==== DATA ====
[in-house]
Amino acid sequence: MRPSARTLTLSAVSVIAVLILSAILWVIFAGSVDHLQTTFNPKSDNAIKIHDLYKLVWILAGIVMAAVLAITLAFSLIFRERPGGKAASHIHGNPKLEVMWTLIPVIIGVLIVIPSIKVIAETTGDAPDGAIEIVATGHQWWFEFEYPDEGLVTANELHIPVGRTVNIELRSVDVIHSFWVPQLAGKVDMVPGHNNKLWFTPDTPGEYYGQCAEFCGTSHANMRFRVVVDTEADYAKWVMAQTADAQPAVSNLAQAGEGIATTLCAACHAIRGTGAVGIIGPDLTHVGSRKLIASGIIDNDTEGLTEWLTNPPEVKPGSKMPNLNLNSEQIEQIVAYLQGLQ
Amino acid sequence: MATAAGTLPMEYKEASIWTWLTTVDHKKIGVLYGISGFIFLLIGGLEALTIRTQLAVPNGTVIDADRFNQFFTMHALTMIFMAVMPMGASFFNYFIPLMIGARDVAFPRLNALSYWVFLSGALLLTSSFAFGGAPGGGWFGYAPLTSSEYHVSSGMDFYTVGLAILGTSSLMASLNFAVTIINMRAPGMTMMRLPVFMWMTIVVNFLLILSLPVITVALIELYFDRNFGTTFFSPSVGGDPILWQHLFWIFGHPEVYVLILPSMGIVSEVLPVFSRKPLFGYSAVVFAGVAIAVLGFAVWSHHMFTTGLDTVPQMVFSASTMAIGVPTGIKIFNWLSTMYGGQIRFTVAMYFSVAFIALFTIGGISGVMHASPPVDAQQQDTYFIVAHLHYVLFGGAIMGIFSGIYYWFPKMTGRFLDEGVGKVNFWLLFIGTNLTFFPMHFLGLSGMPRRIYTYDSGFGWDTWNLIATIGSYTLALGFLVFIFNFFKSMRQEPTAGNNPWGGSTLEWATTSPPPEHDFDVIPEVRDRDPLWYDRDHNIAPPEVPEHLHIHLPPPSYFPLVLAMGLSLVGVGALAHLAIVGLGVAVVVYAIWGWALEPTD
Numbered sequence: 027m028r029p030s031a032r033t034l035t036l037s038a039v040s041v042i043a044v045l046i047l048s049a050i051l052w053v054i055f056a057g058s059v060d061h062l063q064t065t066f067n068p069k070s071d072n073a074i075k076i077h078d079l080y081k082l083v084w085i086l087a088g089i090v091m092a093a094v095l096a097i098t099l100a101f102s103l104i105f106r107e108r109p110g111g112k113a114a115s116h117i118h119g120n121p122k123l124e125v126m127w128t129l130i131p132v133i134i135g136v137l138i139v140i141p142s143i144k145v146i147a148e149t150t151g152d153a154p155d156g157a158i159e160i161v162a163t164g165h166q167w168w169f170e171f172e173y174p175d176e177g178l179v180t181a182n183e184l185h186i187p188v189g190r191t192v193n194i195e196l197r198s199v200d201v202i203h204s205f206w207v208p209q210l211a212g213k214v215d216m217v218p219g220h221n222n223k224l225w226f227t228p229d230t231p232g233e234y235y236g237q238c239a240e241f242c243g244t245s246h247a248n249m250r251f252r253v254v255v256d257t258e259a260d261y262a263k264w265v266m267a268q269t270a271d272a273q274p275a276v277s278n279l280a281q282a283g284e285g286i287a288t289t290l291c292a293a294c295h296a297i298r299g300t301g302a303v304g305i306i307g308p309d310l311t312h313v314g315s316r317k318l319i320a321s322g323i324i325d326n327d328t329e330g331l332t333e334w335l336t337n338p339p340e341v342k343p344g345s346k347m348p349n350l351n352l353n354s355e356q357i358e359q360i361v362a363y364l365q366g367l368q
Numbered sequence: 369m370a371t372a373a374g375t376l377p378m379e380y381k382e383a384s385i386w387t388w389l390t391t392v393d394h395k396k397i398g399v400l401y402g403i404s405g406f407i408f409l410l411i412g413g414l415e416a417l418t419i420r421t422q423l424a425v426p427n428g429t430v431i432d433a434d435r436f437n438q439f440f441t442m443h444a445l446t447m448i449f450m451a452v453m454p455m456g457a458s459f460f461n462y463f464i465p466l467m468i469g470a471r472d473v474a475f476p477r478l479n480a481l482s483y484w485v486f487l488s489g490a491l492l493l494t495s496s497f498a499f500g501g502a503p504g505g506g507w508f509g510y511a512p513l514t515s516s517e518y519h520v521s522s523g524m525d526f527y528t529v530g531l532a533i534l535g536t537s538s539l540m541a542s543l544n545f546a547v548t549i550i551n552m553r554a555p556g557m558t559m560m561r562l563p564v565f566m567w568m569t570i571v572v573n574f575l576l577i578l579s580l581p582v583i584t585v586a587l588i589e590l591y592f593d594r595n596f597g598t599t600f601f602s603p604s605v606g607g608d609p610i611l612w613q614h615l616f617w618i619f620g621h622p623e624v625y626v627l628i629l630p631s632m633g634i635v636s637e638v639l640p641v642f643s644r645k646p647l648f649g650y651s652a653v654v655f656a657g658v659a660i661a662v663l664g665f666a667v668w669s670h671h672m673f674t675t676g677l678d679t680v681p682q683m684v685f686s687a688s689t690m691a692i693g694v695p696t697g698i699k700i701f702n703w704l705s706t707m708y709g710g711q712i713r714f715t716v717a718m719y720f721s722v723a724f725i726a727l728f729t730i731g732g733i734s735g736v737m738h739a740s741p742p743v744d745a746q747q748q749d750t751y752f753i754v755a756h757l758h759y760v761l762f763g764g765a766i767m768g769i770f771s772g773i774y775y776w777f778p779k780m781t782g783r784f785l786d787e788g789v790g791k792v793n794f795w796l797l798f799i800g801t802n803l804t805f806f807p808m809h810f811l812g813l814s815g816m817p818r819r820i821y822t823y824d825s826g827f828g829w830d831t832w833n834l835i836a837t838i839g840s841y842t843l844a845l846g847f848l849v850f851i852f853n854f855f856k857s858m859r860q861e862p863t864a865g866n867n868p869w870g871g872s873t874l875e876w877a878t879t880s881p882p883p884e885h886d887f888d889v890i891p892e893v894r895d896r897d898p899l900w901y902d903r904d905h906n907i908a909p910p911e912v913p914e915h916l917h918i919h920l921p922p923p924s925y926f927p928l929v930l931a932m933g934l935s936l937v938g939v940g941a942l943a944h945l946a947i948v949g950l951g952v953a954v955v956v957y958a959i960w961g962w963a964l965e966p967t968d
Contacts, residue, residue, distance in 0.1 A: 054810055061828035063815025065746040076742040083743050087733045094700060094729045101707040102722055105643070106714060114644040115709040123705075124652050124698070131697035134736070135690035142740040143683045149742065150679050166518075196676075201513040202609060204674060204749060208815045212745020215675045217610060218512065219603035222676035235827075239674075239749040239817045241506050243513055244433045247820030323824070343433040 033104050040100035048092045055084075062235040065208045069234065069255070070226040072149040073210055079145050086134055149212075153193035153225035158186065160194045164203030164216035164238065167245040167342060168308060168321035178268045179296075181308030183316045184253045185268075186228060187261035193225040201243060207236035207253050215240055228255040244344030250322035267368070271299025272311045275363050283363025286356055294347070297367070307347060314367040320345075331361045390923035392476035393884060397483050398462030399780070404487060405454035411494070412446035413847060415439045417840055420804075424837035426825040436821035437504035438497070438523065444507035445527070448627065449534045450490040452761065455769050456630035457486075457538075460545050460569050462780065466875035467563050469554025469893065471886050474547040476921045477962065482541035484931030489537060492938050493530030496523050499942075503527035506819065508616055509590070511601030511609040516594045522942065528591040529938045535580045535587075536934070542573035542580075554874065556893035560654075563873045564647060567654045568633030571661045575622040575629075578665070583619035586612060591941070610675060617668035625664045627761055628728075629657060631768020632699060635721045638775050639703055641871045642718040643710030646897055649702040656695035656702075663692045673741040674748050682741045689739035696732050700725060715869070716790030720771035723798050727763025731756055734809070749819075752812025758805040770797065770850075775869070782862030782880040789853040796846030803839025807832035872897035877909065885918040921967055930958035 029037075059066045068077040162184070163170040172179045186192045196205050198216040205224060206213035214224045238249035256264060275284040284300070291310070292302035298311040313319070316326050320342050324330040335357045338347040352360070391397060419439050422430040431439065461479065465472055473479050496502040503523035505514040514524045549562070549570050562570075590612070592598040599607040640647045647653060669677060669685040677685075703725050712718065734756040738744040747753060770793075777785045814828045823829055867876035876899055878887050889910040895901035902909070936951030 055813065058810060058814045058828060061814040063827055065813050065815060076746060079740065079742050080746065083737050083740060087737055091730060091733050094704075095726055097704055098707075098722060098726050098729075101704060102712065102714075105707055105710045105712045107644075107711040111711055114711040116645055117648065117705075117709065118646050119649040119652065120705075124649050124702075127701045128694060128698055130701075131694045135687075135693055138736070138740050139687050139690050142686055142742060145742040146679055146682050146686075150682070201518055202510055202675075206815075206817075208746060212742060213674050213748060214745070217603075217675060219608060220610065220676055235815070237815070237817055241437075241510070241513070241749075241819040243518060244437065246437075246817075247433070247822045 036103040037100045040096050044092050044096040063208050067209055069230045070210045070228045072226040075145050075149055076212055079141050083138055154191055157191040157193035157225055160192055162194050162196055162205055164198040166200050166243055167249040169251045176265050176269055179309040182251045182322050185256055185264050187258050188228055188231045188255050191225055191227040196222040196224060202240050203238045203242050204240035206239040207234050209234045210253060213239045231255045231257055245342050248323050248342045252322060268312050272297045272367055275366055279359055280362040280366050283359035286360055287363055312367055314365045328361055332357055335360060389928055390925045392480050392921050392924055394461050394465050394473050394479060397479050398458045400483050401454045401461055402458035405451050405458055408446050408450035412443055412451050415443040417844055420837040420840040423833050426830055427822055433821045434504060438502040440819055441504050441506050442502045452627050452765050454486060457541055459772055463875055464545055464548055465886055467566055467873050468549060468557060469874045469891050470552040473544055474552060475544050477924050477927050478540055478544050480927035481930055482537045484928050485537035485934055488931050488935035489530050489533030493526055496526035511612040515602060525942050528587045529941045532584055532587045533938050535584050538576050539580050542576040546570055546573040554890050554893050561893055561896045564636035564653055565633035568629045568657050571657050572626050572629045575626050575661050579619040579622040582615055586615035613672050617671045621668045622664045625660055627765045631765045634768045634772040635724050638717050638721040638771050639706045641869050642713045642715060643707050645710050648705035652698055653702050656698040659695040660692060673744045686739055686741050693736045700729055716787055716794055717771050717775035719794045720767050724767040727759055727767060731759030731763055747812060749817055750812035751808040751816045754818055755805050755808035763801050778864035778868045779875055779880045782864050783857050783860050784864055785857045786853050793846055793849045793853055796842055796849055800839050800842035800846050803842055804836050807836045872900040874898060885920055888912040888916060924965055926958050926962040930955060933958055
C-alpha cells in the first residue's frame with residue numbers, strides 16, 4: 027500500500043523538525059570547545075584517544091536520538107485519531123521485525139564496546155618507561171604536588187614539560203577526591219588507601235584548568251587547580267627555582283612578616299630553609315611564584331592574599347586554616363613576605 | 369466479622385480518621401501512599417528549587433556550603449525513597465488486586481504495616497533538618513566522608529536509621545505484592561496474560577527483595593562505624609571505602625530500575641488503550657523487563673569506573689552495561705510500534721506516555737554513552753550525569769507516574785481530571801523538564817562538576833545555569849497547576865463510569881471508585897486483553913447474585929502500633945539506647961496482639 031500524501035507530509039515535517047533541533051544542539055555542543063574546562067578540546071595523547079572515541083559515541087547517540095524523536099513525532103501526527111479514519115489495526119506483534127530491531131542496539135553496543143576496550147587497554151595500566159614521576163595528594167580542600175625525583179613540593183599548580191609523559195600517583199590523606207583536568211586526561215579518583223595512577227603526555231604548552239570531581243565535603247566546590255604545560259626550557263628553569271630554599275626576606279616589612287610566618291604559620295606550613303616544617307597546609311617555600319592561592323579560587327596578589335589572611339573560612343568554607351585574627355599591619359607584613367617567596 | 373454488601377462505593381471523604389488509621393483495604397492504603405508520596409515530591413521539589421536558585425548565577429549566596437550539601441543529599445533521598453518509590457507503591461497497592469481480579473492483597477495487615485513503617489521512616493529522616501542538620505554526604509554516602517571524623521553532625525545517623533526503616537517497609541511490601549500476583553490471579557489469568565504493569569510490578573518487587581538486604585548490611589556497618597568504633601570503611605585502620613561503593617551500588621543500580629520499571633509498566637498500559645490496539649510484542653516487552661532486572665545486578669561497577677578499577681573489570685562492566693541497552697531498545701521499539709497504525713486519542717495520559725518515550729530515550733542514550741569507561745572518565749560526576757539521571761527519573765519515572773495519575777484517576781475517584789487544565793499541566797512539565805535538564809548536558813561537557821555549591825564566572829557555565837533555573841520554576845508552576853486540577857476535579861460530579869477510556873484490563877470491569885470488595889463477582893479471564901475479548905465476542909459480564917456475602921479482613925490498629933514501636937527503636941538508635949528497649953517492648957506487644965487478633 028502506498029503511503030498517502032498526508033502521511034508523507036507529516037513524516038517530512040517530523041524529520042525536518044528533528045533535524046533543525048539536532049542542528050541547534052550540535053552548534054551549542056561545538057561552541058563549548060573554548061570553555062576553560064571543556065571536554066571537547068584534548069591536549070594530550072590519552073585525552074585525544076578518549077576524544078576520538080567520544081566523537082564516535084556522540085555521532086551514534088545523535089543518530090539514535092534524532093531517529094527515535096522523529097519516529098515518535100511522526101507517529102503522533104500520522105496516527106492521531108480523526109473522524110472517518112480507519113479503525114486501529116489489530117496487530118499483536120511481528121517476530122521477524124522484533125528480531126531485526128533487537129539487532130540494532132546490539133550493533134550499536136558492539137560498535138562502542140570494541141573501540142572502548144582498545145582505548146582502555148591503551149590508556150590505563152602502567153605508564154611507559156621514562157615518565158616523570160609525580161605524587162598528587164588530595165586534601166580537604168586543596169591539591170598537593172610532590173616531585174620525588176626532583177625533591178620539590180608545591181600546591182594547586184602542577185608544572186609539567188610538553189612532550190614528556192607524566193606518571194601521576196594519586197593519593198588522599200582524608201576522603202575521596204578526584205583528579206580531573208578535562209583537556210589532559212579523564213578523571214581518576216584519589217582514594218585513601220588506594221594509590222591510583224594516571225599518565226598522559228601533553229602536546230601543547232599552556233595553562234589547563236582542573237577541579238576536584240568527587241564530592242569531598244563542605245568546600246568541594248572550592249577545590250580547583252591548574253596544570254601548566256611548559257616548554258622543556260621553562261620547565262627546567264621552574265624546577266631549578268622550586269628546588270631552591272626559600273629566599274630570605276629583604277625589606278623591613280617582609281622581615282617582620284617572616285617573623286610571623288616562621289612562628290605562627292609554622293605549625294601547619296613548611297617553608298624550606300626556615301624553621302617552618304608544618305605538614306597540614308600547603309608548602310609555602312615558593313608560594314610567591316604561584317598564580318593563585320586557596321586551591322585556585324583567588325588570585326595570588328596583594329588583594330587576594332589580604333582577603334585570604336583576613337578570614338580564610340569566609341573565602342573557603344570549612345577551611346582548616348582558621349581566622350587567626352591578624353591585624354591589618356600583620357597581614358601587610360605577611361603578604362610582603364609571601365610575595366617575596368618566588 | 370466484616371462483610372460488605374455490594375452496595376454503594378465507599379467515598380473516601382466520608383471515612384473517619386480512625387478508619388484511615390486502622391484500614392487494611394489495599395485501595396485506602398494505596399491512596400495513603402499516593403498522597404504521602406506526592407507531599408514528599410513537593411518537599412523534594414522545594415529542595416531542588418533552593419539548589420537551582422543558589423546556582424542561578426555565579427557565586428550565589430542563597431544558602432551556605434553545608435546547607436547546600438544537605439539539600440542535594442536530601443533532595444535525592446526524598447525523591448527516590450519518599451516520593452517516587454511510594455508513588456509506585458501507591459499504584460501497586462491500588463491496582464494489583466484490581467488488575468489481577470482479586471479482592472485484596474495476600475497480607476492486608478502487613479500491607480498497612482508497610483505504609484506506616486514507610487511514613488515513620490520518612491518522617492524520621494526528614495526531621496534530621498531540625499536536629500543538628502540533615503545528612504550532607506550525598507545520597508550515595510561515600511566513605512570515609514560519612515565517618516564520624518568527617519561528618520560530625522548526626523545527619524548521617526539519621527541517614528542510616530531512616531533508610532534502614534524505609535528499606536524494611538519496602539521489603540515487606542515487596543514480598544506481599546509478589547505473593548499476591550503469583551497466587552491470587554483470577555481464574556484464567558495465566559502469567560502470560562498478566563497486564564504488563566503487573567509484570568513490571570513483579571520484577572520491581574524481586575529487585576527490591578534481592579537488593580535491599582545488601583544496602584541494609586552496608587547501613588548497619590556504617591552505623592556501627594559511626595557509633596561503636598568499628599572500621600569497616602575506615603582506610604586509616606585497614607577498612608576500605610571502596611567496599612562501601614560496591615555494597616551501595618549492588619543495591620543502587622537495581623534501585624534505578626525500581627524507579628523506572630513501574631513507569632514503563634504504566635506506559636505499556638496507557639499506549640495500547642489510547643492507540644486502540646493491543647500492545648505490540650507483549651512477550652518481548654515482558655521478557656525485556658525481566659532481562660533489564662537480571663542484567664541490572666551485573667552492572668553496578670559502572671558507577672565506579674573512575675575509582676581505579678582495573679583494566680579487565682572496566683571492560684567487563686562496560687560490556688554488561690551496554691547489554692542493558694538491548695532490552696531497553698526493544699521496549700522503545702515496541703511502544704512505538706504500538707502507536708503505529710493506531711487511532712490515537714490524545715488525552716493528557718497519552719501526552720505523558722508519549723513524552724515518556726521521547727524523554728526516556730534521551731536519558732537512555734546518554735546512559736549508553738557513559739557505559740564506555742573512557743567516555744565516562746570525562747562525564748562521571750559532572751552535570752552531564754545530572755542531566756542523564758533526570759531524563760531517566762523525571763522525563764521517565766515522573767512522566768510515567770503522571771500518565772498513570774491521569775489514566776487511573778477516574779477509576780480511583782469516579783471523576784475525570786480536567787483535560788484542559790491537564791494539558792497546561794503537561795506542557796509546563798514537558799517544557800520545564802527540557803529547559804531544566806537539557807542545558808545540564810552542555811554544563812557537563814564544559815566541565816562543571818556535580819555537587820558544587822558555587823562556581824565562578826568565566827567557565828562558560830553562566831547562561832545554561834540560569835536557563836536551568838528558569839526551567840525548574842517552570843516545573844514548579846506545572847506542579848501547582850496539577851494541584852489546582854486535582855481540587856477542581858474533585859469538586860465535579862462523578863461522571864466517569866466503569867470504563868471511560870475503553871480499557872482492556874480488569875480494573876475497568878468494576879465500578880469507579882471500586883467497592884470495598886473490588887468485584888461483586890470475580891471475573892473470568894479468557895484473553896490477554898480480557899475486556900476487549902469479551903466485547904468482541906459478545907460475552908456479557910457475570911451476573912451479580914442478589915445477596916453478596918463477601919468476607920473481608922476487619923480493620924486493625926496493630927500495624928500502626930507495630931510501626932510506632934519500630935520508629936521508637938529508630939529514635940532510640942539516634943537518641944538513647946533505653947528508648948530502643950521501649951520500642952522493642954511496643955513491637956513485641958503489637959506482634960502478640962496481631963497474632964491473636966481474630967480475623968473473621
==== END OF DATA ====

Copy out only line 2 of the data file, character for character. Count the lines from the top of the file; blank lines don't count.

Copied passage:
Amino acid sequence: MRPSARTLTLSAVSVIAVLILSAILWVIFAGSVDHLQTTFNPKSDNAIKIHDLYKLVWILAGIVMAAVLAITLAFSLIFRERPGGKAASHIHGNPKLEVMWTLIPVIIGVLIVIPSIKVIAETTGDAPDGAIEIVATGHQWWFEFEYPDEGLVTANELHIPVGRTVNIELRSVDVIHSFWVPQLAGKVDMVPGHNNKLWFTPDTPGEYYGQCAEFCGTSHANMRFRVVVDTEADYAKWVMAQTADAQPAVSNLAQAGEGIATTLCAACHAIRGTGAVGIIGPDLTHVGSRKLIASGIIDNDTEGLTEWLTNPPEVKPGSKMPNLNLNSEQIEQIVAYLQGLQ